Frugal Dining Out: Give the Cook a Break

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You don’t need to listen to the business and financial news to know that more people are eating at home or at less expensive restaurants. All you need to do is look at the parking lots or step inside and compare the number of full and empty tables.

Eating at home might mean healthier meals, but it also means more cooking. More cooking can become too much cooking, though.  The cook needs an occasional break.

During hectic days, there may not be time for cooking.

For special occasions, cooking and eating at home may not feel special enough.

There are many good reasons for choosing to dine out, but dining out at a formal restaurant, or even at a fast food restaurant, can be expensive. You want to give the cook a break, celebrate, or accommodate the need for speed and convenience frugally.

Watch the News and Read the Newspapers

To lure customers back, restaurants are implementing creative new ideas, and the local newspapers and television newscasts are covering them.  Some restaurants offer “kids eat free” deals on particular days of the week and or times of the day.

Other restaurants have changed their pricing concept for all customers on all menu items. When the customer comes to the register, he or she pays what he or she feels the meal was worth. Customers who come to the restaurant for lunch in between job interviews and filling out applications can pay a little less without having to skip lunch. Customers taking a lunch break from work pay or between calls on clients often pay a little more to support the restaurant. The restaurant is able to help those who are struggling, and according to interviews with the restaurant owners or managers, the difference between those who pay a little less and those who pay a little more evens out so the restaurant is able to remain in business for its own employees.

Watch for Coupons

Fast food restaurants, pizza parlors, and casual restaurants make frequent use of coupons, and they aren’t not just among the ads in your local paper. You might find them hung on your door or included with other ads and coupons in a goody bag distributed to the homes in your community. You might find the ad printed on the goody bag itself, so don’t ignore what’s printed there.

If you don’t receive a weekly goody bag, you can print coupons for restaurants in your area from one of the many online sites like

You can also visit and enter your zip code to preview the coupons for your area before purchasing a book for $15. That way you will know before purchasing how many of the included coupons you are likely to use and whether or not the book will be a good value for you.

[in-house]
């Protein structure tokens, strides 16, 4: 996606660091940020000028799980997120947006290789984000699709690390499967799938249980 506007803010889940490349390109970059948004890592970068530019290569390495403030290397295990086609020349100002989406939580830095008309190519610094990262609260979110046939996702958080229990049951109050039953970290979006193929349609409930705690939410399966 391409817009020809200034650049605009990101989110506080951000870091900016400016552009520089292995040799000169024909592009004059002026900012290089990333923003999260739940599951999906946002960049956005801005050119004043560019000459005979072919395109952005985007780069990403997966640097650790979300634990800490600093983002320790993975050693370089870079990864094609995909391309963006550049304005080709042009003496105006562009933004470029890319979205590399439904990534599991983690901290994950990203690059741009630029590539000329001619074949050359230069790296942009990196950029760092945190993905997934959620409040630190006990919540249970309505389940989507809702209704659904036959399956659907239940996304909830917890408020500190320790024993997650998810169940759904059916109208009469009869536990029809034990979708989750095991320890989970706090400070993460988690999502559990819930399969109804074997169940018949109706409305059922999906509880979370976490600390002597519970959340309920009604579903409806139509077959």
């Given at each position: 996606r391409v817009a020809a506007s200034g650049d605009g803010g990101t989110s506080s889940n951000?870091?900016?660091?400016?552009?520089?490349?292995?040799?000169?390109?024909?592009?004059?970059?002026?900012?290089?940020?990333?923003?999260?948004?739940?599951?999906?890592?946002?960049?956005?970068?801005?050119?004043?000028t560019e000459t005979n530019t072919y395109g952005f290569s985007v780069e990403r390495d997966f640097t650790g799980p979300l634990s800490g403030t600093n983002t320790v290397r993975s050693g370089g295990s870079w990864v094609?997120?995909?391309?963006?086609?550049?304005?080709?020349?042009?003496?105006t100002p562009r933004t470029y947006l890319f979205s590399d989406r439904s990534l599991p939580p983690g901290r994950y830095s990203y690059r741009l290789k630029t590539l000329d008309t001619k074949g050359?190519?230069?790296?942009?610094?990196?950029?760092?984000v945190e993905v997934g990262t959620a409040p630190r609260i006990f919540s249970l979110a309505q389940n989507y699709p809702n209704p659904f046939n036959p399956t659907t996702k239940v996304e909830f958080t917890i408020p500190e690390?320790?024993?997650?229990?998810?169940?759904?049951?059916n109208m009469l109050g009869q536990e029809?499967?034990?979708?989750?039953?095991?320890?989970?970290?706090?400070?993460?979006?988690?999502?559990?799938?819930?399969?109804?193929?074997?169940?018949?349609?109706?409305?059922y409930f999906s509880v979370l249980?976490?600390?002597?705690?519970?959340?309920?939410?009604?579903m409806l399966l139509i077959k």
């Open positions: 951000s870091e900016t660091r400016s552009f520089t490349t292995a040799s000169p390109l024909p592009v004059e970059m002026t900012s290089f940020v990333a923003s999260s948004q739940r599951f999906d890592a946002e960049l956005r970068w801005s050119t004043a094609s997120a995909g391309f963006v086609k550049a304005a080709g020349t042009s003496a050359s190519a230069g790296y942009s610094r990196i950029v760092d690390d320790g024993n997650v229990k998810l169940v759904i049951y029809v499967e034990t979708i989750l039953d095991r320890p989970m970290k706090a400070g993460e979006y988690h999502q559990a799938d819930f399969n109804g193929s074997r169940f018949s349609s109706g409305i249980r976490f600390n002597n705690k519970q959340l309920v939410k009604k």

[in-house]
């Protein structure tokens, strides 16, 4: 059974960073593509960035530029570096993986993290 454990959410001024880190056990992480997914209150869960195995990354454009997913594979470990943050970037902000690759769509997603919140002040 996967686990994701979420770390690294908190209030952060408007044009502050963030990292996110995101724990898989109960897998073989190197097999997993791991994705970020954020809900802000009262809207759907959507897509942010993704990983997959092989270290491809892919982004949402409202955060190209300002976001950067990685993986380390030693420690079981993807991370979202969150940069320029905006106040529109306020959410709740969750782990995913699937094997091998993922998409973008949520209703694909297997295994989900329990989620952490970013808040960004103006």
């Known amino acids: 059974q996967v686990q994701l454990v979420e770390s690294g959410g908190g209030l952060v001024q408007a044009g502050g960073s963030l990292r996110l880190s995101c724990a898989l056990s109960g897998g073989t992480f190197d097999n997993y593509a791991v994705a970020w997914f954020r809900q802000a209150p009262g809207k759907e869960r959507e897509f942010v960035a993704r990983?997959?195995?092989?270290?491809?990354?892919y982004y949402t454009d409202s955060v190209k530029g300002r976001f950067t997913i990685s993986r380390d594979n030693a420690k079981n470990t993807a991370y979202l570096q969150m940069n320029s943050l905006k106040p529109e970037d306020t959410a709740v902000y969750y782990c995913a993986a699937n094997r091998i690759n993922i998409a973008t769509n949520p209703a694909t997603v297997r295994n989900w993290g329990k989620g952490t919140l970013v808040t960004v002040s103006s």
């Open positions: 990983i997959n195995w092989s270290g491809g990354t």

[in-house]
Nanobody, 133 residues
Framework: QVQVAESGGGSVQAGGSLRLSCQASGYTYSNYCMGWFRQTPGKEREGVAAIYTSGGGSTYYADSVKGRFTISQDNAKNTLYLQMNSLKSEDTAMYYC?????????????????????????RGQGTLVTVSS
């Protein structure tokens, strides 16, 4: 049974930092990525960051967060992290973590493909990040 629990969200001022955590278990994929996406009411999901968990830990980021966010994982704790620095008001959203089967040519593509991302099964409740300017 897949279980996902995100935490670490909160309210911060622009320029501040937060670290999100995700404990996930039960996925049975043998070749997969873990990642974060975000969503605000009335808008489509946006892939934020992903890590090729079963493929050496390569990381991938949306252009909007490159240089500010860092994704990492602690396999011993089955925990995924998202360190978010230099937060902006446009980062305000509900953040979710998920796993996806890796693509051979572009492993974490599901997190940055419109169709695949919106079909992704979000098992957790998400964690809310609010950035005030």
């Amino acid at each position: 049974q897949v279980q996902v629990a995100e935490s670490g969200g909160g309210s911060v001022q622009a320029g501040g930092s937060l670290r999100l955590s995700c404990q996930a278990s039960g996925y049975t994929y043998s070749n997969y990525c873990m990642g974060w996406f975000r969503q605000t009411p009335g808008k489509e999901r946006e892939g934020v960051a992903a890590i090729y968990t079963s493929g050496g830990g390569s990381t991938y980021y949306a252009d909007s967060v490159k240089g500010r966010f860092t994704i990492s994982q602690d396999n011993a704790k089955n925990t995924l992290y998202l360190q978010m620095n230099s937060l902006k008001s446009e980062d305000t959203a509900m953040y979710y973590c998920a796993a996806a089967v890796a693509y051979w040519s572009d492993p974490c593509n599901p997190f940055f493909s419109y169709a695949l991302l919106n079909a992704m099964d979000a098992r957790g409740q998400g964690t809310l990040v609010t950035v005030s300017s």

Watch the Restaurant Deals Web Sites

Not all of the deals involve coupons. Visit to purchase gift certificates to your local restaurants at discounted prices. You might be able to purchase a $25 gift certificate for $10 or a $10 gift certificate for $3. Before purchasing, be sure to read the fine print. You may, for example, be required to make a minimum purchase that may be twice as much as the amount of the gift certificate. In some cases, a tip of as much as 18% may be included in the gift certificate, which means that you would not be able to use the entire value of the gift certificate for the meals you order. Other restrictions may also apply. You may not be able to use the gift certificate to place a carry out order. Instead, you may be required to dine at the restaurant. So, be sure that the restrictions placed on the gift certificate don’t prevent you from using it as you intend.

Restaurant Deals for Kids

Two Web sites track restaurant deals for kids. provides a list of restaurants, some national and some local, that offer “kids eat free” deals, birthday clubs, and other promotions and deals. Visitors to the Web site are invited to post new deals and updated information on existing ones.

At you can enter your home zip code, or, if you are on a trip, the zip code where you are staying, and search for restaurants offering free or discounted meals for kids within a 5 mile to 30 mile radius.

Both and remind their users to check with the local restaurant for details and to be certain that restaurant is participating. Some restaurants are franchises, rather than company owned, and may not participate in all corporate programs.

An Evening Out

It is still possible for everyone to have an enjoyable evening out and still live frugally. Dining out isn’t always a luxury. It can be the smart solution to a hectic day. Dining out can also be a smart stress reducer as well as a smart way for people to reconnect, and frugal living is, after all, about doing what’s smart.

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